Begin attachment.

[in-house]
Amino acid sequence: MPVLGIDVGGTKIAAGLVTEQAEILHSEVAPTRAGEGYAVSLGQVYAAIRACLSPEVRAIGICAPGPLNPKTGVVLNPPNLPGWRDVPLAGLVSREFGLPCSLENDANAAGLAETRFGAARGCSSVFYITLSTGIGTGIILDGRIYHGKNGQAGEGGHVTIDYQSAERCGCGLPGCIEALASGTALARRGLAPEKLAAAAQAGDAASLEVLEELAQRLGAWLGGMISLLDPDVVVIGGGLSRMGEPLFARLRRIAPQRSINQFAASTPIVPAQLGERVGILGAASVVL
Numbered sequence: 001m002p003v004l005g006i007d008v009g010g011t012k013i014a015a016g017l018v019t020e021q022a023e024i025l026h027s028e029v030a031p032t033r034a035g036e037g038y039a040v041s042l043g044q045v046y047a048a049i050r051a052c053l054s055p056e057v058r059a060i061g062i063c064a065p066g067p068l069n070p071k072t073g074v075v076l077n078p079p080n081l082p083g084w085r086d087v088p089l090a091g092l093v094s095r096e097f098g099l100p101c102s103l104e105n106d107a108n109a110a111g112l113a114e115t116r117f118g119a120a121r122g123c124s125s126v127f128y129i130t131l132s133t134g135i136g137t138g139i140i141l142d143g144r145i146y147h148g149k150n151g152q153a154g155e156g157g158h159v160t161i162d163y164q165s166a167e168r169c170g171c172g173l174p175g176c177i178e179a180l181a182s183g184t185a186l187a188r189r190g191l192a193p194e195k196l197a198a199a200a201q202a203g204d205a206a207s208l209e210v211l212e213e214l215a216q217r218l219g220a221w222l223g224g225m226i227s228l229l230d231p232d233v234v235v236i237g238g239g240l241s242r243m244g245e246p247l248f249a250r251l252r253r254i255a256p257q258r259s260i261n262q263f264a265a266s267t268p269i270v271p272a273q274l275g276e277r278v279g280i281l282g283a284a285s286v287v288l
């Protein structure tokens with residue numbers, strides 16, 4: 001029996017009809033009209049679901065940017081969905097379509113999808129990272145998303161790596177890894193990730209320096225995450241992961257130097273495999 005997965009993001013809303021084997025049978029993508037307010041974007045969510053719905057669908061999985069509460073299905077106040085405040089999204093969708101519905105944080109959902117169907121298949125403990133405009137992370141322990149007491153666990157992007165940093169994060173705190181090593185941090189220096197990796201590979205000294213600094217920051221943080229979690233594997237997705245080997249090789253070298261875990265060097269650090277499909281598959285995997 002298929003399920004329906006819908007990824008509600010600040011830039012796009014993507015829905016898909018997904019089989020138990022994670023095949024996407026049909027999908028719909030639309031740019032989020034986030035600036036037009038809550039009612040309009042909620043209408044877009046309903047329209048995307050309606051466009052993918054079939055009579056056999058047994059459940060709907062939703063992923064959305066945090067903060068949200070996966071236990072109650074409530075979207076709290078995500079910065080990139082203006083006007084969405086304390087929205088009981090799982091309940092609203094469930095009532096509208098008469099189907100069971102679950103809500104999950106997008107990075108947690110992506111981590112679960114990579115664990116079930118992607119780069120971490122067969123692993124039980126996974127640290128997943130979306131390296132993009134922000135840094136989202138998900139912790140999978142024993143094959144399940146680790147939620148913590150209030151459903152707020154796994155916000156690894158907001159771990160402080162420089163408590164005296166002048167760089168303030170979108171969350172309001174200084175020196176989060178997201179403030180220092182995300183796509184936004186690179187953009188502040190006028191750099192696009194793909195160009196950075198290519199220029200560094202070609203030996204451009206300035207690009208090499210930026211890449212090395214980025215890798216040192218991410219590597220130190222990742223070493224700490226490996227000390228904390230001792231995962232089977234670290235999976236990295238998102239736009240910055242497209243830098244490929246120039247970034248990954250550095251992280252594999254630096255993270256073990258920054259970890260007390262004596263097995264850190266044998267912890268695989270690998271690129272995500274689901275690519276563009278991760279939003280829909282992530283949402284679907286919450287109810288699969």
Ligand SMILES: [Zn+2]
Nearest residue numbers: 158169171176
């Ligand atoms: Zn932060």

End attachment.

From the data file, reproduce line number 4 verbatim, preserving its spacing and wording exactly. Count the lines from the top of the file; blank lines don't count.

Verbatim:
């Protein structure tokens with residue numbers, strides 16, 4: 001029996017009809033009209049679901065940017081969905097379509113999808129990272145998303161790596177890894193990730209320096225995450241992961257130097273495999 005997965009993001013809303021084997025049978029993508037307010041974007045969510053719905057669908061999985069509460073299905077106040085405040089999204093969708101519905105944080109959902117169907121298949125403990133405009137992370141322990149007491153666990157992007165940093169994060173705190181090593185941090189220096197990796201590979205000294213600094217920051221943080229979690233594997237997705245080997249090789253070298261875990265060097269650090277499909281598959285995997 002298929003399920004329906006819908007990824008509600010600040011830039012796009014993507015829905016898909018997904019089989020138990022994670023095949024996407026049909027999908028719909030639309031740019032989020034986030035600036036037009038809550039009612040309009042909620043209408044877009046309903047329209048995307050309606051466009052993918054079939055009579056056999058047994059459940060709907062939703063992923064959305066945090067903060068949200070996966071236990072109650074409530075979207076709290078995500079910065080990139082203006083006007084969405086304390087929205088009981090799982091309940092609203094469930095009532096509208098008469099189907100069971102679950103809500104999950106997008107990075108947690110992506111981590112679960114990579115664990116079930118992607119780069120971490122067969123692993124039980126996974127640290128997943130979306131390296132993009134922000135840094136989202138998900139912790140999978142024993143094959144399940146680790147939620148913590150209030151459903152707020154796994155916000156690894158907001159771990160402080162420089163408590164005296166002048167760089168303030170979108171969350172309001174200084175020196176989060178997201179403030180220092182995300183796509184936004186690179187953009188502040190006028191750099192696009194793909195160009196950075198290519199220029200560094202070609203030996204451009206300035207690009208090499210930026211890449212090395214980025215890798216040192218991410219590597220130190222990742223070493224700490226490996227000390228904390230001792231995962232089977234670290235999976236990295238998102239736009240910055242497209243830098244490929246120039247970034248990954250550095251992280252594999254630096255993270256073990258920054259970890260007390262004596263097995264850190266044998267912890268695989270690998271690129272995500274689901275690519276563009278991760279939003280829909282992530283949402284679907286919450287109810288699969």